@maxmara’s classic 101801 coat was the cornerstone of its pre-fall 2018 collection. The design team expanded the traditional double-breasted, kimono-sleeved style into a trapeze coat, lean belted styles and a peacoat and presented them in monochromatic looks – like the camel one pictured here. #wwdfashion #prefall18 (📷: George Chinsee)
The @cfda has shifted the dates of #NYFW, with Men’s showing on February 5 through February 7, and Women’s will directly follow, running from February 8 through 14. The preliminary schedule will be released on the CFDA’s web site in the next few days, but Mark Beckham, VP of marketing for the CFDA, revealed that @rafsimons will be back to close the men’s-specific part of the week with a show on February 7 #wwdfashion (📷: Kelly Taub)
@ferragamo is introducing a new space dedicated to the development of women’s and men’s leather good samples. The laboratory, which is created eco-friendly materials and designed to reduce the environmental impact of the manufacturing processes, will allow the company to expand its accessories offering through traditional artisanal approaches. #wwdfashion (📷: @aitorrosasphoto)
How does a “regular, degular, schmegular” girl from the Bronx, N.Y., become a Grammy-nominated artist with a certified platinum record in less than a year? Call it the @iamcardib come up. The 25-year-old has become a musical sensation, and the fashion world is taking note. “If I could describe her style I would say drama. She’s really into the dramatics,” says Cardi B’s stylist @kollincarter. See how Carter styles her bold and out there looks with the link in bio. #wwdfashion
“There is no formula. There is no guideline. I can watch Ted Talks all day, but there is no one who can advise me on exactly what it is I should be doing,” said @ronniefieg, CEO of @kith, in an interview with WWD’s @ariahughes at the brand’s new SoHo office in Manhattan. Head to WWD.com to see how Fieg went from hanging out in shoe stockrooms at 13 to building his own business. #wwdfashion (📷: @weston.wells)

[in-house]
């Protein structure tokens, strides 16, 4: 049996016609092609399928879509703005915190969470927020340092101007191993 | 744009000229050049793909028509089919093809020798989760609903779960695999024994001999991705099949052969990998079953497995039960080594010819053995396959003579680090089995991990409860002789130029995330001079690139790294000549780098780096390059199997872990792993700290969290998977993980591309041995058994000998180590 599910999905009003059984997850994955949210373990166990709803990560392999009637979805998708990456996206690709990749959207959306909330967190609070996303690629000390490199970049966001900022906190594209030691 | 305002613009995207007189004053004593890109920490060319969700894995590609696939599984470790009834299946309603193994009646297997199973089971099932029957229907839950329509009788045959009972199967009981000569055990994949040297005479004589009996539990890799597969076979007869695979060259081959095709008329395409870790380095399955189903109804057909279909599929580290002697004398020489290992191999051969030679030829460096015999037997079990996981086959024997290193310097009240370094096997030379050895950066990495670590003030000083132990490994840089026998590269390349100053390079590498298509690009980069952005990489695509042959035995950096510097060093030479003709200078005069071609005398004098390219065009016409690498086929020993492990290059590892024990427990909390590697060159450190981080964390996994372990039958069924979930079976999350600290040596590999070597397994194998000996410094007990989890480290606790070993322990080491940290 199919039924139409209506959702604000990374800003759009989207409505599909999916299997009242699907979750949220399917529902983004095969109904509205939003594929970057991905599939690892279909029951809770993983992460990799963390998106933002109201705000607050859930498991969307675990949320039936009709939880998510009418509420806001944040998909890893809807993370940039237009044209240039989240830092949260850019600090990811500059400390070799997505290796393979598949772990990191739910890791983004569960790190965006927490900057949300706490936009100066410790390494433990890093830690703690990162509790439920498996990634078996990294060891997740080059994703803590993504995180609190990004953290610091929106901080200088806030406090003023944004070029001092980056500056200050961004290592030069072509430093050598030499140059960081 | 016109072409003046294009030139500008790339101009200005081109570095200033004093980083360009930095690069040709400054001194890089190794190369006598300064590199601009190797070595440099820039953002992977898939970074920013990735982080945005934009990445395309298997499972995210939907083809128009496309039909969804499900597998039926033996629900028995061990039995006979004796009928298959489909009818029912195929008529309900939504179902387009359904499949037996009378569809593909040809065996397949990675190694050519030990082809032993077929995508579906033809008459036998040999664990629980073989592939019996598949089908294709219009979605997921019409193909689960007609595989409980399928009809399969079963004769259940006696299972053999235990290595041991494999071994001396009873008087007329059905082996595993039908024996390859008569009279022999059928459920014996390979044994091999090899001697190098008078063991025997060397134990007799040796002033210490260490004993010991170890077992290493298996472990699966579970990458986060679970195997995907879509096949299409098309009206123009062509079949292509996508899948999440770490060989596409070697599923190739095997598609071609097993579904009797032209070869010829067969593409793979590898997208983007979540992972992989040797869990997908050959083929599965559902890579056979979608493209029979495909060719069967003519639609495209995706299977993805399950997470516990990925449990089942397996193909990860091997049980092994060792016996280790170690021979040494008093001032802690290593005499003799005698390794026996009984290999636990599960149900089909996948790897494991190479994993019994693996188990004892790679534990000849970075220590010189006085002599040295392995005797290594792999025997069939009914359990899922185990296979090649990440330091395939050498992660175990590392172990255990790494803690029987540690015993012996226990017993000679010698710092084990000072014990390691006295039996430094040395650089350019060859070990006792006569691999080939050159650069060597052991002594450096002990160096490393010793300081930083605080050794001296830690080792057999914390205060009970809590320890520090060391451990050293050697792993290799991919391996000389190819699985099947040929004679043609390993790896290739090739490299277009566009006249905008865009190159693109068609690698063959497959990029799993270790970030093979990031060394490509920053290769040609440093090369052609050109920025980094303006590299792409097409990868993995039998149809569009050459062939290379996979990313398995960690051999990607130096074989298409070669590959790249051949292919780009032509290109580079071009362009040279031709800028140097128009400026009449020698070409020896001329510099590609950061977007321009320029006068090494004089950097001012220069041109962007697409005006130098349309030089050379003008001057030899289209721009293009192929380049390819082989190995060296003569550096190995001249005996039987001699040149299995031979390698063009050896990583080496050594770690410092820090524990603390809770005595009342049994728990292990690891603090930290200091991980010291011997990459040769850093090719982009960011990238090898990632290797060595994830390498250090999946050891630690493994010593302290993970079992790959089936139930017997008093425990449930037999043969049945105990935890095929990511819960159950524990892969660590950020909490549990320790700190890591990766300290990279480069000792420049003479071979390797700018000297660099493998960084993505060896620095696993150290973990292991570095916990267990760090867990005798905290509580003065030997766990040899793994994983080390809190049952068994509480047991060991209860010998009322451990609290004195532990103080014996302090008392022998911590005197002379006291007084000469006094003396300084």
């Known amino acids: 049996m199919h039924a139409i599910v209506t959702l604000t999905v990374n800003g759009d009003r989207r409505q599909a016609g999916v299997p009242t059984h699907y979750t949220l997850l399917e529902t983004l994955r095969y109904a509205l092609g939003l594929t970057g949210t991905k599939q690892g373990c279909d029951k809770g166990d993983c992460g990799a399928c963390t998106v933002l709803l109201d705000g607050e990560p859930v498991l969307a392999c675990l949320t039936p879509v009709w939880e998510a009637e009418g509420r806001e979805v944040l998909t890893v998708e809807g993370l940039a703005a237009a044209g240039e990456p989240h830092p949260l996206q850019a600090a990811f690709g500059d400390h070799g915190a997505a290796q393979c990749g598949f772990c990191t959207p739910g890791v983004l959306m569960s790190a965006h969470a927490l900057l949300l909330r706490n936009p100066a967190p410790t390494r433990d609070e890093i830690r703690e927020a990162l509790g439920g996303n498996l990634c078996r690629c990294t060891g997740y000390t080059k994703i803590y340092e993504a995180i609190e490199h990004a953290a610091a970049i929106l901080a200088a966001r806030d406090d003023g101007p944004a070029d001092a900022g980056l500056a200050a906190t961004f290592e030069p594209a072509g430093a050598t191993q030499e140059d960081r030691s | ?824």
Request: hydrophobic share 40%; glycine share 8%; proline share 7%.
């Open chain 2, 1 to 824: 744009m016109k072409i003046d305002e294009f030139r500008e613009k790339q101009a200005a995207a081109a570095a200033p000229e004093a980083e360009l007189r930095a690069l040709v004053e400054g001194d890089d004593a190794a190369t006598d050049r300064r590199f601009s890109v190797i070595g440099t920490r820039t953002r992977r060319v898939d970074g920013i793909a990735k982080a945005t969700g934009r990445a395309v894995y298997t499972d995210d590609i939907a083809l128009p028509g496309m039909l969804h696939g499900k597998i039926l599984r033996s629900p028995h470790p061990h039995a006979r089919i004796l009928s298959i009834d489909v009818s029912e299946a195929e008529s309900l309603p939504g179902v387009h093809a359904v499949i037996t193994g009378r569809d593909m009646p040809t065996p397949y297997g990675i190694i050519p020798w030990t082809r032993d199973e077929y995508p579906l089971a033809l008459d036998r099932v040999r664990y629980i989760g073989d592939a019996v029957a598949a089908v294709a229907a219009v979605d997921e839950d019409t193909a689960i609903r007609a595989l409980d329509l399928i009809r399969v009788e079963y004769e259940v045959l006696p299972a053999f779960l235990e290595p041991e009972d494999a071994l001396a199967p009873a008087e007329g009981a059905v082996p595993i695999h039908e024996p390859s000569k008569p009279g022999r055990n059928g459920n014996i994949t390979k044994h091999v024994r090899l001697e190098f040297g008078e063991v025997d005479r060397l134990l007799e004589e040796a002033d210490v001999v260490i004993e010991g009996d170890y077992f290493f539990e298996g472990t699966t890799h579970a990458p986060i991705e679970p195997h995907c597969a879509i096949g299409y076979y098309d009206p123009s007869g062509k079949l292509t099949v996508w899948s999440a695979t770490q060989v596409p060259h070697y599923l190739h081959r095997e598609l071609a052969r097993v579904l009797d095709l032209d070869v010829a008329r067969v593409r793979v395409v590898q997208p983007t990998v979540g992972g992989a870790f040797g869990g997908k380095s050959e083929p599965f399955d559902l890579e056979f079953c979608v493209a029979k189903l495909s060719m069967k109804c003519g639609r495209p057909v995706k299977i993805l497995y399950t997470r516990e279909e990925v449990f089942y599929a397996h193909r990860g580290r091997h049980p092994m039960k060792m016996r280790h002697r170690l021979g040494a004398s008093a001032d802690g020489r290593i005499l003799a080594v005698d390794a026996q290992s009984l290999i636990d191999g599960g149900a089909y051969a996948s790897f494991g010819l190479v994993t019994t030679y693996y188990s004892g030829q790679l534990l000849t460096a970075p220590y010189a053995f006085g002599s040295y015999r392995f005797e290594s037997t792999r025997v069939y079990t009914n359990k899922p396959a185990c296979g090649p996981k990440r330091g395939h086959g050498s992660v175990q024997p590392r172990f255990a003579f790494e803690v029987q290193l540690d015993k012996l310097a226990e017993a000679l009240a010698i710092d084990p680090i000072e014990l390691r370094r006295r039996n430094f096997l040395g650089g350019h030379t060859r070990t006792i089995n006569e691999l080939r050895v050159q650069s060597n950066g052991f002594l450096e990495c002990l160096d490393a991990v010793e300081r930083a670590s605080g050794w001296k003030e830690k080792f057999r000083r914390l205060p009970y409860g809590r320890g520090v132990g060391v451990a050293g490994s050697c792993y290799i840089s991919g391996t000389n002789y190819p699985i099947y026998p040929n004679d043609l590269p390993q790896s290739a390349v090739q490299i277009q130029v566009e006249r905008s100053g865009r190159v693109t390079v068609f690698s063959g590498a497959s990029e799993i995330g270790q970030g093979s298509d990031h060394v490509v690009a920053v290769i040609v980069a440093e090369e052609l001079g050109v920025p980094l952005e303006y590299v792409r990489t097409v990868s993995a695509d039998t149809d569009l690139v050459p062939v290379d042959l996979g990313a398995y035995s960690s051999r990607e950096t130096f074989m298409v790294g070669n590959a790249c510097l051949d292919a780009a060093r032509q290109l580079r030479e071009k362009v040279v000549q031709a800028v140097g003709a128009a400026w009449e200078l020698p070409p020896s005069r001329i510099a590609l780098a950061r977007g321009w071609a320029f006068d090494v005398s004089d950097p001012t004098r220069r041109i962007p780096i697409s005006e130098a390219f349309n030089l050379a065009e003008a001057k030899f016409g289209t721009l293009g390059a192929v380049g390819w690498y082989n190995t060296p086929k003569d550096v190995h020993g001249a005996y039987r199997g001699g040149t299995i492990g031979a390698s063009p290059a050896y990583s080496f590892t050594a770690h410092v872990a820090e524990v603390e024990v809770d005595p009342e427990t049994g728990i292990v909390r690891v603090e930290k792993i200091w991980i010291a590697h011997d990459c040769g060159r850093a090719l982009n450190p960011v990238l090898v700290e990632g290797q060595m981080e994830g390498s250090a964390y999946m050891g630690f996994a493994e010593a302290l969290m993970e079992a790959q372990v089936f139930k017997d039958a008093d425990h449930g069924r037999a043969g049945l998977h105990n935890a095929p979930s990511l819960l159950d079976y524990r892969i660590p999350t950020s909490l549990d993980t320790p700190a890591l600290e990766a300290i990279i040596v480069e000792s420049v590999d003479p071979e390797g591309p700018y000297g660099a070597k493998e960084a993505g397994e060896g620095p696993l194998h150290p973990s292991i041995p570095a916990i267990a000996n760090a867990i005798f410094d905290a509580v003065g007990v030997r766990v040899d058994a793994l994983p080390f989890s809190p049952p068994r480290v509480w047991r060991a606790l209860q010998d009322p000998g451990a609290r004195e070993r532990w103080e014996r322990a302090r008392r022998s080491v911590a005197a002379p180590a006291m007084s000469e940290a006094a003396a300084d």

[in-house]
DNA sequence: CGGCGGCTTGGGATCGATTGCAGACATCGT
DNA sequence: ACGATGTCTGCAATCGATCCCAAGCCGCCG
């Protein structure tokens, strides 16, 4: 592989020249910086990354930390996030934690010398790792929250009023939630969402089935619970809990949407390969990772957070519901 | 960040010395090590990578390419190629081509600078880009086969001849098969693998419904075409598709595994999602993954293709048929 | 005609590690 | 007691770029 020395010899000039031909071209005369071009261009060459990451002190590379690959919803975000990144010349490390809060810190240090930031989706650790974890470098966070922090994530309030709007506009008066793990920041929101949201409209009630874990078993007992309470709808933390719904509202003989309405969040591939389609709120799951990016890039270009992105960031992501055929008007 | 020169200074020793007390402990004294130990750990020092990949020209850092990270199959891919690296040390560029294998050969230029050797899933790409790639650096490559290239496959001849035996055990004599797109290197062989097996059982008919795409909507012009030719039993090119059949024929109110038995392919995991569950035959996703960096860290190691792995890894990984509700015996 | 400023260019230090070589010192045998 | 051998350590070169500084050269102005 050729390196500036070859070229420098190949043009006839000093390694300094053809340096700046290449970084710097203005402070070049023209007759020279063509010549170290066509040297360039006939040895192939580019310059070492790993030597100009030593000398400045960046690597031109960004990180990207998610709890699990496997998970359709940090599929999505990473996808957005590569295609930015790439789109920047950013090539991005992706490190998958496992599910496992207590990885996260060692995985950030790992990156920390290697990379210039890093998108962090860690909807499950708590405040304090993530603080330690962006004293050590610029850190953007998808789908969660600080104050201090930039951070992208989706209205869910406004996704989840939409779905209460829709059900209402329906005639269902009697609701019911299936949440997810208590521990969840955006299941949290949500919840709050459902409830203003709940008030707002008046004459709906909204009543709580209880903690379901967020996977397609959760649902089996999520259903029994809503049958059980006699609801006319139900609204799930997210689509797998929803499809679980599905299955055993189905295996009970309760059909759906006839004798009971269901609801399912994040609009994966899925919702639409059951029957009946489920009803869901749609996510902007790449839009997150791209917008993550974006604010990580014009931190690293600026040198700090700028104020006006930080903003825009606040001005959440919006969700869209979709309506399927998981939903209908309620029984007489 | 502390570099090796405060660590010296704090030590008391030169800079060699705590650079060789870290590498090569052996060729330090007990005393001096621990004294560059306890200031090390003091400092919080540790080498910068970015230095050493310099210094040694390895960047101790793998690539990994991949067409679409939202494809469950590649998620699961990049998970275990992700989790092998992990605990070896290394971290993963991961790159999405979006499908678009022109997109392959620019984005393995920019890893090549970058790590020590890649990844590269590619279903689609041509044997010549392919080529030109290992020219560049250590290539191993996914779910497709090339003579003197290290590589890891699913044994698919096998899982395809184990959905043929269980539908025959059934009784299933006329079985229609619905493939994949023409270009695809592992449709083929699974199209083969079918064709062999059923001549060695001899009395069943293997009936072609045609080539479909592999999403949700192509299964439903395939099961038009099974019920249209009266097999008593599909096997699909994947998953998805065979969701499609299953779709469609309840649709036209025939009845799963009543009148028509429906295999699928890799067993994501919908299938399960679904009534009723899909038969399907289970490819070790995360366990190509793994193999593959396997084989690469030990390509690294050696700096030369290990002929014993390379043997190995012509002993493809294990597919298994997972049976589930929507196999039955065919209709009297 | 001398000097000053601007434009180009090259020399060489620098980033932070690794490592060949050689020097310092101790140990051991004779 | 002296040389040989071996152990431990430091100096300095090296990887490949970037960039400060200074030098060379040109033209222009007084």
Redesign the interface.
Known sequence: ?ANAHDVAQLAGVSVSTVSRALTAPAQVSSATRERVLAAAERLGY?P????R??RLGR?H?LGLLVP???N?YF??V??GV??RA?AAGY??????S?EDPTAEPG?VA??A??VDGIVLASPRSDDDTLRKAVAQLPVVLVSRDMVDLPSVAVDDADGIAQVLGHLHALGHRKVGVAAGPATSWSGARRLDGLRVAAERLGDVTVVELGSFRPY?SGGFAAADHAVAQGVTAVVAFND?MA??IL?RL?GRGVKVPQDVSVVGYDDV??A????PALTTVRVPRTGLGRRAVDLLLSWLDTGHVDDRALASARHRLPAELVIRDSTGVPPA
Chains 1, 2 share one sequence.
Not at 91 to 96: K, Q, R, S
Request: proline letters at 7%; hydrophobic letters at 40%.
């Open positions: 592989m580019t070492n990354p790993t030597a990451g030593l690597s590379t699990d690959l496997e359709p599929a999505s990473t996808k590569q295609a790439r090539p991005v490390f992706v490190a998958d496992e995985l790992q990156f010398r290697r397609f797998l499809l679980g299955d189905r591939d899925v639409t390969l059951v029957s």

@fearofgod and @maxfieldla have teamed up on a pop-up installation. The store, located in the gallery space across from Maxfield’s Melrose Ave location, is the site of the brand’s House of God pop-up in which Fear of God founder @jerrylorenzo has created a church-inspired installation. A dozen vintage church pews sit in front of an LED screen playing 90s gospel singers in an effort to re-create an environment akin to a Southern Baptist Church, Lorenzo explained. Read more about the pop-up on WWD.com #wwdfashion (📷: Jennifer Johnson)
Known for his sleek, sophisticated American glamour, Norman Norell is the subject of an upcoming exhibition at @fitnyc. “Norell: Dean of American Fashion,” which runs from February 9 through April 14, will feature approximately 100 ensembles and accessories. His best work is exemplified by the designer’s glittering “mermaid” gowns frosted with thousands of hand-sewn sequins – like the one pictured. (📷: William Helburn) #wwdfashion
For pre-fall 2018, @balmain didn’t let go of the glitz. A crystal embroidered baseball jacket priced at around $40,000 hangs in the “couture” section of the brand’s first men’s pre-collection. Sporting the words “Balmain Army” across the back, the item took around two months to make. “When it was completed, it was like Christmas, it was like, ‘It’s done, it’s exactly what I wanted,’” said Balmain’s creative director @olivier_rousteing during a tour of the collection in a Paris showroom on Monday. #wwdfashion